It is essential to take quick action and call an ambulance if you suspect someone is having a stroke.
If you have any questions that are NOT a medical emergency, you can ask a Webdoctor GP.
Think FAST with these 4 steps if you suspect a stroke
Face: One side of the mouth may be drooping or weak.
Arm: Have the person try to lift both of their arms. In the event of a stroke, there may be weakness on one side of the arm (or leg).
Speech: Note whether the person’s speech is normal and understandable.
Time: Any of the above symptoms are indicators of a stroke, and it is essential to act quickly by calling 112 or 999.
These 6 symptoms may also indicate a stroke
FAST is an easy way to remember major symptoms of stroke, but there can be other symptoms as well. These may include:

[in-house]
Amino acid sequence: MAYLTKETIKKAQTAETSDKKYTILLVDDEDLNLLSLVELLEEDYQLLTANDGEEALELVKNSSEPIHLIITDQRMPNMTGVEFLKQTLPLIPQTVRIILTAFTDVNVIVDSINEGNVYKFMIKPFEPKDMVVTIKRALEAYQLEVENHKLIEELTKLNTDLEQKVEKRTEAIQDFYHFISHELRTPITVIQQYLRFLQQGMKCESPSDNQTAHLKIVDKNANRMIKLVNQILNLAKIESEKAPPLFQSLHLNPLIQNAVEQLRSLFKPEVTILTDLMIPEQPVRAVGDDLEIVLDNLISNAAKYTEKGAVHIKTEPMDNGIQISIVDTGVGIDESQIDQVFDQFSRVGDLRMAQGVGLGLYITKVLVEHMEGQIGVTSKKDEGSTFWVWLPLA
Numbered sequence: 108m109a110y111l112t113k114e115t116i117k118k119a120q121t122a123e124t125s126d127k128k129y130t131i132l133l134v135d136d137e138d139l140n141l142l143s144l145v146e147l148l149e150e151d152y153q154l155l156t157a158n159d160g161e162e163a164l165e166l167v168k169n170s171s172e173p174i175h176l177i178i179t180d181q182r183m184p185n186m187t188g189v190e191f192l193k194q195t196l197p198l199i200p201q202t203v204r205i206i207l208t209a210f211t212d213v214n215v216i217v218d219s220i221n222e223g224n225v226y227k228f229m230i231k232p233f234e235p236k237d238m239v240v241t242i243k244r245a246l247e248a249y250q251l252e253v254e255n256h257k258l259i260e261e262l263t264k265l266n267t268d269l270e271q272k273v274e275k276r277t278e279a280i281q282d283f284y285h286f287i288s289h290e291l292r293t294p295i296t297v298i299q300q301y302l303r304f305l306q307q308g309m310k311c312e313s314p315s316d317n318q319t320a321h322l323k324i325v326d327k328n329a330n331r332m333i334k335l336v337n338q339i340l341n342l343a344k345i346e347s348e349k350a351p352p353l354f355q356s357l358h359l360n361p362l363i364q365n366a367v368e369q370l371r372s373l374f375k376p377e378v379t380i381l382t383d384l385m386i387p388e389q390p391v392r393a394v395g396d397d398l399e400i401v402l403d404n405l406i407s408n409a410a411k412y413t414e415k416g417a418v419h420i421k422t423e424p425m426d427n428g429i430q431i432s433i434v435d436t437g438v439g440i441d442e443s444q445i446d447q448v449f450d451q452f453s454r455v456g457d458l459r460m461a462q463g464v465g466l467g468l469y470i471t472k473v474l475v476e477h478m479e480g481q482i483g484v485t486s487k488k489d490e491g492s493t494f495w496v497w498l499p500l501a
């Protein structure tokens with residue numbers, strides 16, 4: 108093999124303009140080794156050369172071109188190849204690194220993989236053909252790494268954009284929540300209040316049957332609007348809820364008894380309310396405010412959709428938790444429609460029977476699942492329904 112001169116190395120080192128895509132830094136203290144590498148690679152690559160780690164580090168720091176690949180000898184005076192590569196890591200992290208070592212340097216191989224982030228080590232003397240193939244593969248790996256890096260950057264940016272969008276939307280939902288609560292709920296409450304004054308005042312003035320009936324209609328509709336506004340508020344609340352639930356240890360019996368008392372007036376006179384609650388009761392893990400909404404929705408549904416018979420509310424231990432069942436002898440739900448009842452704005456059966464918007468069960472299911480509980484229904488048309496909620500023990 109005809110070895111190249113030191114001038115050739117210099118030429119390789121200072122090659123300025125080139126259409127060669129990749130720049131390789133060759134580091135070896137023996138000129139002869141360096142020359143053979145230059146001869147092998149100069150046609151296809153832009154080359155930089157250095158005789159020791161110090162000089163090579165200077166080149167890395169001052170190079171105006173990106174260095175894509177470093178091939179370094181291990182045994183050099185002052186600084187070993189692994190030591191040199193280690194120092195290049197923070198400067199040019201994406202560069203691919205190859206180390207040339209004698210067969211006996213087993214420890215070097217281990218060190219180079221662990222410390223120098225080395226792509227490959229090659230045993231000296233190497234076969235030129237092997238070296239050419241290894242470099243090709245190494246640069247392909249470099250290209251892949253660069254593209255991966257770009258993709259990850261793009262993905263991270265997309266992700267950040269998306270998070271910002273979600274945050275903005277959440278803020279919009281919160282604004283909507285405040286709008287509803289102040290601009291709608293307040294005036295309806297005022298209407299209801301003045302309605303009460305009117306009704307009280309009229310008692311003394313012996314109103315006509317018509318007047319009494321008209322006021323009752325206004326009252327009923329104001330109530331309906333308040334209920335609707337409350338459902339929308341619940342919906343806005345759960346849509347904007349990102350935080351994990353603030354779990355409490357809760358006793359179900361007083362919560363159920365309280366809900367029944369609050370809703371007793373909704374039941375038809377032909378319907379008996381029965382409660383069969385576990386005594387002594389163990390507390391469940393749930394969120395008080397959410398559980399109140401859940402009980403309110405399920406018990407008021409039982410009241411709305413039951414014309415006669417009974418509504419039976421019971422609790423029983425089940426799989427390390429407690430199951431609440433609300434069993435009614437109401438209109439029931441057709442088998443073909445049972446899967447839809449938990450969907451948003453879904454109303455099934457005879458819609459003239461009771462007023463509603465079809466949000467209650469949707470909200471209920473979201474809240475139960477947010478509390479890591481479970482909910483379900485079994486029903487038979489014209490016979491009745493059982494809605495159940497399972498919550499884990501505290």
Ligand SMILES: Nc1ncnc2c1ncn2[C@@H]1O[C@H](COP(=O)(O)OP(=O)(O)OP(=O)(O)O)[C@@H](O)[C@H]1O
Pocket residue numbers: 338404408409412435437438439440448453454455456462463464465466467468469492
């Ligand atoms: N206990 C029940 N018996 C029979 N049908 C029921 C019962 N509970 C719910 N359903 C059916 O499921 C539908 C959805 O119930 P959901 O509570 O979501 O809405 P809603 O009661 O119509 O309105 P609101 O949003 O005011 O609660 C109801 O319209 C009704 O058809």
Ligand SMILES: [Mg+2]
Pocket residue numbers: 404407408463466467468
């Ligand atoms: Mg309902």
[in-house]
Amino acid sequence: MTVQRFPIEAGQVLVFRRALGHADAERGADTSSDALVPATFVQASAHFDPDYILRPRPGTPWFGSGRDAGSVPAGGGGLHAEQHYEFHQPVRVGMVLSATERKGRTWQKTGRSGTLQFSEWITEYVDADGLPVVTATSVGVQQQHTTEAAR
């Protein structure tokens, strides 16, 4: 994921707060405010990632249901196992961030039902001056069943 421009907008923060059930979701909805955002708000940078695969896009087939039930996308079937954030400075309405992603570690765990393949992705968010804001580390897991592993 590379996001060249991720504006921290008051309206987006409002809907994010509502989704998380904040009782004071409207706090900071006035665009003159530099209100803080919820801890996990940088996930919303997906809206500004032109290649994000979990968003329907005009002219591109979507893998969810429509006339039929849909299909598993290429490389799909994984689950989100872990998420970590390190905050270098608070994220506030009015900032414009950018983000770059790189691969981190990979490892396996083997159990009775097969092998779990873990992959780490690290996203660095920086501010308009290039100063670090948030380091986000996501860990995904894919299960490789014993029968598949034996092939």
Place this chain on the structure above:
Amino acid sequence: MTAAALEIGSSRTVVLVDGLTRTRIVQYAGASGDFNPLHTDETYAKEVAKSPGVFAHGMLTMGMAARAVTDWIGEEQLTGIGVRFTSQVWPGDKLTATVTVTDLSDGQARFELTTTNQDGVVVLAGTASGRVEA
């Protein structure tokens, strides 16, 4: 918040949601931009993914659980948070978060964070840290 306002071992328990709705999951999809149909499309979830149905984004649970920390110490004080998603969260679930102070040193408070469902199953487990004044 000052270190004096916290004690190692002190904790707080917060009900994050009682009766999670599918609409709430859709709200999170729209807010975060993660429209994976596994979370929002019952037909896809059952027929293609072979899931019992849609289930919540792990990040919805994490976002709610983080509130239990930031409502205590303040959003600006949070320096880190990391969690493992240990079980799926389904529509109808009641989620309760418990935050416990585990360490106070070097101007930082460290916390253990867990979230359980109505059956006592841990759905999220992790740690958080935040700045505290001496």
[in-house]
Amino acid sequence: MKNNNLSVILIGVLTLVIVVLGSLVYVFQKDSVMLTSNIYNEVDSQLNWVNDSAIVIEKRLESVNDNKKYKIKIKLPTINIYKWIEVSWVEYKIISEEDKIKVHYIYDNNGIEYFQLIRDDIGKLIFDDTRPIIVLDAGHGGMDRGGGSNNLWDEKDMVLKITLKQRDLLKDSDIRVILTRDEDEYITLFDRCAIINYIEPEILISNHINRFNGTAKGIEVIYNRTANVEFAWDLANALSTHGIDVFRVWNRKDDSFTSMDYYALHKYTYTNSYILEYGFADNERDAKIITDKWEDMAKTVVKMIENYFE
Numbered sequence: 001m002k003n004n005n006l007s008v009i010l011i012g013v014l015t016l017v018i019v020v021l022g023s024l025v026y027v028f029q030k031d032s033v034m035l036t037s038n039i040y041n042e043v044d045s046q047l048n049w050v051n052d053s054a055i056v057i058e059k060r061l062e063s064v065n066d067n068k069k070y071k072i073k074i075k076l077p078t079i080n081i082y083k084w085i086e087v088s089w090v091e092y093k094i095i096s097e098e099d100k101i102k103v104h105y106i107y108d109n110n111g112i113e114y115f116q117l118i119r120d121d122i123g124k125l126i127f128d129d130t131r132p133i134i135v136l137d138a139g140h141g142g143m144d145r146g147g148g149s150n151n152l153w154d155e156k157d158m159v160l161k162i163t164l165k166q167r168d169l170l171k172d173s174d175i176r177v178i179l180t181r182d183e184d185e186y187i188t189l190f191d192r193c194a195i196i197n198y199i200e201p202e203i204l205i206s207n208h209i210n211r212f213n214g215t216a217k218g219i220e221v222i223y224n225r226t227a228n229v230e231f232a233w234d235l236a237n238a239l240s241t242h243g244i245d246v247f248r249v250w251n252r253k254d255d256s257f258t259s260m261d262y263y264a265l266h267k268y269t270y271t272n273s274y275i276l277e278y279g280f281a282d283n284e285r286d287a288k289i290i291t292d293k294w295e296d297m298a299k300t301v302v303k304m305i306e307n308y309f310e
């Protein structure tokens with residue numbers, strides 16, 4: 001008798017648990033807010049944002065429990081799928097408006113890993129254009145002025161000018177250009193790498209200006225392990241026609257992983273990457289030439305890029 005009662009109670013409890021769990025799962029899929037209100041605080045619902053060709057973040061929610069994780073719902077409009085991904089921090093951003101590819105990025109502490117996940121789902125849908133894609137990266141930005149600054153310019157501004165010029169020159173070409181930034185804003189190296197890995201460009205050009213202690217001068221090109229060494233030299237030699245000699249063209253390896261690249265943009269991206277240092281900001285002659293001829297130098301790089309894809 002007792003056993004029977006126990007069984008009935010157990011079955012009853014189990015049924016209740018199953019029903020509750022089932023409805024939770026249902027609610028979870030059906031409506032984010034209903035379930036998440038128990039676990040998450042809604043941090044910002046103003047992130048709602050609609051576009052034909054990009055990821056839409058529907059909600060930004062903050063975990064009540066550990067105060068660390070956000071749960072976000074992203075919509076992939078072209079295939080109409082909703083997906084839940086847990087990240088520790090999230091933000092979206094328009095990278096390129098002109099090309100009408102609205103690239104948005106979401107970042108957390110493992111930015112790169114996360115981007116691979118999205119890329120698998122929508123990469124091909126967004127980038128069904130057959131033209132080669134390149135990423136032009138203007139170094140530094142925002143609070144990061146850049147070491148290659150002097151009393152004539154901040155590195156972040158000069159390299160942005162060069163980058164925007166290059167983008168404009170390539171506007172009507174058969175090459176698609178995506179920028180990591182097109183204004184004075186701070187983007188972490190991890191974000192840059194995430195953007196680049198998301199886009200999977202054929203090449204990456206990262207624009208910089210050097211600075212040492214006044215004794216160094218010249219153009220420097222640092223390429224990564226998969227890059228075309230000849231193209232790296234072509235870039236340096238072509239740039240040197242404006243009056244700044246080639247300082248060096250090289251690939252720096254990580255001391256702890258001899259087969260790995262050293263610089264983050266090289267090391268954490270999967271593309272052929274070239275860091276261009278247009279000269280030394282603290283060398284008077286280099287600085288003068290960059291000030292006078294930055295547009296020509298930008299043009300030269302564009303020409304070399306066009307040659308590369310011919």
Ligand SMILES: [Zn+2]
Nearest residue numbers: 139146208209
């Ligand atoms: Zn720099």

- Onset of dizziness, vertigo, or balance disorder
- Mental confusion
- Blurred vision or loss of vision
- Difficulty swallowing
- Severe headache
Stroke Risk Factors
The following behaviours or medical conditions may increase your risk of having a stroke:
- High blood pressure or hypertension
- Diabetes, especially if not under control
- Sedentary lifestyle
- High cholesterol
- High alcohol consumption
- Atrial fibrillation (an irregular, often rapid heart rate that can cause poor blood flow)
‘Mini Stroke’ or TIA
TIA stands for Transient Ischaemic Attack and is also known as a ‘mini stroke’. This occurs when a blood vessel in the brain is blocked, but it is able to clear on its own. Symptoms are similar to a stroke, and if someone experiences TIA, he or she might also be at high risk of a stroke. Immediate medical assessment is essential.